He gave his head a hard shake. Enough with this melancholy inner soliloquy. I am not a heroine in a popular novel! He had no need to provide an heir and no responsibilities to anyone else. If he never married, he would still have a good life. Never mind that the thought generated an aching hollowness in his chest. He would survive; soldiers were trained to survive.
Better never to marry than to marry a superficial chit who chattered on all day about lace and curtains and the cost of a joint of meat. He shuddered at the thought.
The pathway opened unexpectedly into a little clearing with a bench in the center. Fitz stumbled to a stop; the bench was inhabited.
His sudden appearance caused the young woman to start violently and drop her handkerchief. Her head jerked up to see who had disturbed her and immediately tilted down again. It was enough to reveal a pretty face, although perhaps not by conventional standards. Her brown hair was dark and glossy, pulled back in a severe style without any curls around her face. Her nose was a little long and her brows a little heavy for today’s fashions, but her mouth…was wide and pink with full, round lips. A mouth made for kissing. What the hell had provoked that thought?
“I beg your pardon, miss.” Fitz bent to retrieve the handkerchief. Taking it from his fingers, she was careful not to touch him while her eyes remained fixed on the stone of the path. “I did not mean to startle you…” She said nothing, crushing the handkerchief in one hand. “…I believed myself to be alone.”
Her eyes flicked up to his face and down again, long enough for him to discern that they were a dark, rich brown—but red-rimmed. “’Tis not your fault. I-I fear I startle easily.” Her voice was low and melodious. Fitz would love to hear her sing. If only he could inquire about the source of her tears, but he did not even know her name.
Perhaps he could lead to the subject indirectly. “It appears that we are both seeking a refuge from the crowds in the drawing room.”
She said nothing for a moment, but finally, she spoke. “Yes. My sister and her friend wished me to play dance music for them, but there is not enough space for dancing.”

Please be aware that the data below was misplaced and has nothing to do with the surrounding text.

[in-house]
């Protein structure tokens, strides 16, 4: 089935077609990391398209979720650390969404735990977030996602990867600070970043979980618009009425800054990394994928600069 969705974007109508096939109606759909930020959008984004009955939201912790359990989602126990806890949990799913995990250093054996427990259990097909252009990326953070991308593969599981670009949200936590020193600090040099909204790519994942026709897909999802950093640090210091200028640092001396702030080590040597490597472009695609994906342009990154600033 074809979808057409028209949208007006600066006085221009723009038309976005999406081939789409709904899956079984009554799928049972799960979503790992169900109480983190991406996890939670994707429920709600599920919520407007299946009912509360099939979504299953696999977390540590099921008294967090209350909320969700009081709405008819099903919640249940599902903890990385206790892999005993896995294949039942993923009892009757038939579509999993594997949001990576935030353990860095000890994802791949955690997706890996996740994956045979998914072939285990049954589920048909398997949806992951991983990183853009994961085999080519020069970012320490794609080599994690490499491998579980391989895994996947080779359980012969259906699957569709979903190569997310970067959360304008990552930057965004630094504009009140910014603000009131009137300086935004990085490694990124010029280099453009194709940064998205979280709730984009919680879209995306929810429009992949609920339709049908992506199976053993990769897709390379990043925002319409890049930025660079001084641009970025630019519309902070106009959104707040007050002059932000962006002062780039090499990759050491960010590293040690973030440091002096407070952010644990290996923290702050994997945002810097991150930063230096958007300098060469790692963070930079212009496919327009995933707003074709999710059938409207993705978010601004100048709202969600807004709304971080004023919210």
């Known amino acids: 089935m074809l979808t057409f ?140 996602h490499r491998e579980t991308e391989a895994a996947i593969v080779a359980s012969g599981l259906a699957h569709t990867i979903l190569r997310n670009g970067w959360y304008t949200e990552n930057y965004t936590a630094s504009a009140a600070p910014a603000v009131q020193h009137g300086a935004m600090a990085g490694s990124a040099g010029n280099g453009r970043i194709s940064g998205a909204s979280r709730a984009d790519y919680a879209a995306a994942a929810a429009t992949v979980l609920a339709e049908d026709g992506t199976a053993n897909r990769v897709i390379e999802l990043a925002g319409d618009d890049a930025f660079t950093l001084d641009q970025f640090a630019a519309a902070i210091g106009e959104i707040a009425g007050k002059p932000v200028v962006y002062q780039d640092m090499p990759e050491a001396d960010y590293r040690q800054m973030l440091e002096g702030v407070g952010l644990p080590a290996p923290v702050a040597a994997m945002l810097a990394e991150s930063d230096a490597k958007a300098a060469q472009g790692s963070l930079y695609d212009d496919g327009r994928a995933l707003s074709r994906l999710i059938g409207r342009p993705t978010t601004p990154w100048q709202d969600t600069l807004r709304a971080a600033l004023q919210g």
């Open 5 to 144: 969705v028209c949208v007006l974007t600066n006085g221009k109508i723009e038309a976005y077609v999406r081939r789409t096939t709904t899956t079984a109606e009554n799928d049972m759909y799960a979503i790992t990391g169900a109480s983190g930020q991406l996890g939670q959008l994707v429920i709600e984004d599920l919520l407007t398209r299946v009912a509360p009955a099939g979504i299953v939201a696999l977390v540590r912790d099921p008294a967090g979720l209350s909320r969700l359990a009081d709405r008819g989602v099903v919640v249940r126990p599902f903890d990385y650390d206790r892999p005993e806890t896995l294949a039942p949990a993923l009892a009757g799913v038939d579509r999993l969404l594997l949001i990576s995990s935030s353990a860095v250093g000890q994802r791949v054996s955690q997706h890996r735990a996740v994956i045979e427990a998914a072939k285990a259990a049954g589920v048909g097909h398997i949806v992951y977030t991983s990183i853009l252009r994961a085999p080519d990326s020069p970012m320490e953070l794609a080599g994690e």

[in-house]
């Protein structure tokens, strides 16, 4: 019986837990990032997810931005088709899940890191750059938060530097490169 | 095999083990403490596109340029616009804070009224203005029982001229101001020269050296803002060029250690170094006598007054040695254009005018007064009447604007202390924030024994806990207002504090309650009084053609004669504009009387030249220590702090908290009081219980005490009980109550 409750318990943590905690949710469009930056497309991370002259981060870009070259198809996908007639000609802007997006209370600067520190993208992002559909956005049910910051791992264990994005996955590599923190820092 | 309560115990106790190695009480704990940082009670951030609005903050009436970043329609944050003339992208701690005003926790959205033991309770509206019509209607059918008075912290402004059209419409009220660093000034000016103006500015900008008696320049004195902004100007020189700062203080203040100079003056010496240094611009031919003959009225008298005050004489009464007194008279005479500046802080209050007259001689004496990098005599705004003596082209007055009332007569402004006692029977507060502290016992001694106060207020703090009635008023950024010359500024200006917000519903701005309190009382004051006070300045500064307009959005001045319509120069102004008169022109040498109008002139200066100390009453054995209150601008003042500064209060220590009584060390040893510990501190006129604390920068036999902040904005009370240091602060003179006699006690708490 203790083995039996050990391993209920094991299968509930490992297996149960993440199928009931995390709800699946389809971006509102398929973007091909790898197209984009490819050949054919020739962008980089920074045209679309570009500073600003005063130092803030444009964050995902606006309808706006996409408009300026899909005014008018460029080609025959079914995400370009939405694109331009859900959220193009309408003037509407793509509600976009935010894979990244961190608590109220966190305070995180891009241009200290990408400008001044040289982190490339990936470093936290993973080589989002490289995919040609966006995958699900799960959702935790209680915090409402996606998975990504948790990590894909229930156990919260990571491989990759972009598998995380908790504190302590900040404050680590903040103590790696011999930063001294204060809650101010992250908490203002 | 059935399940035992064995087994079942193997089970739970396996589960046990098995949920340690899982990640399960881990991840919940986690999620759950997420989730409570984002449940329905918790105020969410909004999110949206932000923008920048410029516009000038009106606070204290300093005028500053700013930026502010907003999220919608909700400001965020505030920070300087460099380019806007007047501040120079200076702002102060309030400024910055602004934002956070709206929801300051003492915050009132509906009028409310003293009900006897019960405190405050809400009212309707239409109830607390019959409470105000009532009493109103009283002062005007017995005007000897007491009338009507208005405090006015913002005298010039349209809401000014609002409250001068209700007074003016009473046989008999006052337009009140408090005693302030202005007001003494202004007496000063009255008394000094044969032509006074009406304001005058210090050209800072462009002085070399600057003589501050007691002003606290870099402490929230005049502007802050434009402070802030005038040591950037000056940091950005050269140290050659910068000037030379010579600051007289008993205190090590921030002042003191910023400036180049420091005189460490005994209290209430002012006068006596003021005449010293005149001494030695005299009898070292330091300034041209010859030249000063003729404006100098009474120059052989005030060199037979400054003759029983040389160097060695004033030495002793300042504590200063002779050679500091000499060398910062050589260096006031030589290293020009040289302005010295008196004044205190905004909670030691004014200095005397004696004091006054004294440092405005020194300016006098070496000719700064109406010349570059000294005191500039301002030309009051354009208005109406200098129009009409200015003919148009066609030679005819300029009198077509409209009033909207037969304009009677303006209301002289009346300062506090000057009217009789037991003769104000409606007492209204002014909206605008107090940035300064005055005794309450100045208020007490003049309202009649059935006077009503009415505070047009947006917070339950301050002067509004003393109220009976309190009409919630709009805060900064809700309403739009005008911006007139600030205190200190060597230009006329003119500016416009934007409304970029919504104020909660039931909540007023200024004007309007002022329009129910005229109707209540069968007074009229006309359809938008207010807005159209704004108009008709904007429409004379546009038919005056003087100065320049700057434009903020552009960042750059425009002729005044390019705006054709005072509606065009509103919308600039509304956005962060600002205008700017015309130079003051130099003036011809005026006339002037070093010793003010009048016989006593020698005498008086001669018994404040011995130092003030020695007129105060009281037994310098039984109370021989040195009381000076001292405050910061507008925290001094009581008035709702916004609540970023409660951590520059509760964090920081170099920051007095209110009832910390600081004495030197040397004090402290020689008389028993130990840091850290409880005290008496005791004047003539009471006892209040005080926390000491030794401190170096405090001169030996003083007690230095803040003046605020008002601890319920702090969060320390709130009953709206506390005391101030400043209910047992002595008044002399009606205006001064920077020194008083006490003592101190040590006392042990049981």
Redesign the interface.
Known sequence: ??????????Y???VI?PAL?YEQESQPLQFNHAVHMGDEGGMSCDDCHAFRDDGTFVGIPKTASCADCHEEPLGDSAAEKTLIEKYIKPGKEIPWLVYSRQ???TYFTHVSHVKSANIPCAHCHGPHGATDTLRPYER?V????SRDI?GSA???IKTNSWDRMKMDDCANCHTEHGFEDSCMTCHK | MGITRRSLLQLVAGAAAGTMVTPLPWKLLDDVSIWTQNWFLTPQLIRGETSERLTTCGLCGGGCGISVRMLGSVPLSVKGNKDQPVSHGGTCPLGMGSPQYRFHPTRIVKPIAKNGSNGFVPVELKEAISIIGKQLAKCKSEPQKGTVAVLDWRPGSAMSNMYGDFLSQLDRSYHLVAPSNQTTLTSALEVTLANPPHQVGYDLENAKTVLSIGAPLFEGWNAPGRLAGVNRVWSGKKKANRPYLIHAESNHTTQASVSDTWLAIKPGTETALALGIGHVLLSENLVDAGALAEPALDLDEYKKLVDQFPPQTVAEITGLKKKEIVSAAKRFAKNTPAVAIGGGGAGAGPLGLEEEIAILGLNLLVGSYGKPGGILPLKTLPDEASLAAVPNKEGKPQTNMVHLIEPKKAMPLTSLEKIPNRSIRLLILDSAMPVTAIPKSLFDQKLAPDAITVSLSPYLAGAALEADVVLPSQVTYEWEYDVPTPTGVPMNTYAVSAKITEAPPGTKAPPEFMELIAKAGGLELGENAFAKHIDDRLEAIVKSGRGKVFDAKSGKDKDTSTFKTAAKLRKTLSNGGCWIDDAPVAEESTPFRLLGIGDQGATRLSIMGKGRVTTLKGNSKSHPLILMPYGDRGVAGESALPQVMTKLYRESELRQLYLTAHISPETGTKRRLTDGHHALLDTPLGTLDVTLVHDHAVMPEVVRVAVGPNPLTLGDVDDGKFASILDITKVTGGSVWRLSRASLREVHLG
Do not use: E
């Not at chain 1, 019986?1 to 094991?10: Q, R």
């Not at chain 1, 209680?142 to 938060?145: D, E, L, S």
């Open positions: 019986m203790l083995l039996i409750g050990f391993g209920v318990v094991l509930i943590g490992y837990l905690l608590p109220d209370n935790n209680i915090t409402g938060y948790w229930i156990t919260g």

Fitz gave a short laugh. “I thought so as well!” He cleared his throat. “You must be Miss Mary Bennet.”
The young lady dabbed at her eyes with a corner of the handkerchief, which was still fairly clean despite its tumble to the stones. “Yes. The two elder Miss Bennets are the pretty ones, and the two younger Miss Bennets are the lively ones. I am the one in the middle—neither pretty nor lively.” Her hand immediately flew to her mouth. “Oh, dear me! That sounded terribly bitter, did it not? I apologize, Colonel.”
Ah, he suspected that he had now uncovered the reason for her tears; such sentiments might be particularly acute on the day one of her sisters married. Fitz took the liberty of seating himself next to Miss Bennet. “Do you fear to offend my delicate sensibilities?” He batted his eyelashes absurdly, provoking laughter. “Only apologize if you are speaking an untruth.”
Her lips thinned into a flat line. “No. I always speak the truth.”
“No, you do not.” This caused her eyes to raise to his face in bewilderment. “You are quite pretty, perhaps not in the same way as your sisters.” Mary’s lips parted slightly, and she appeared, if anything, even more bewildered. Had no one ever said as much to her? “And if by ‘lively’ you mean that your sisters chase men wearing red coats, then I am quite pleased you are comparatively sedate.” This elicited a giggle from the young lady. “Your presence is quite restful, and so far your conversation is vastly more interesting.”
She blinked rapidly at him as if not understanding his words. Surely someone else had thought to tell her how pretty she was? Then a deep blush spread itself over her face and the part of her neck revealed by her gown’s neckline, much higher than today’s styles. Why did a simple compliment provoke such a reaction?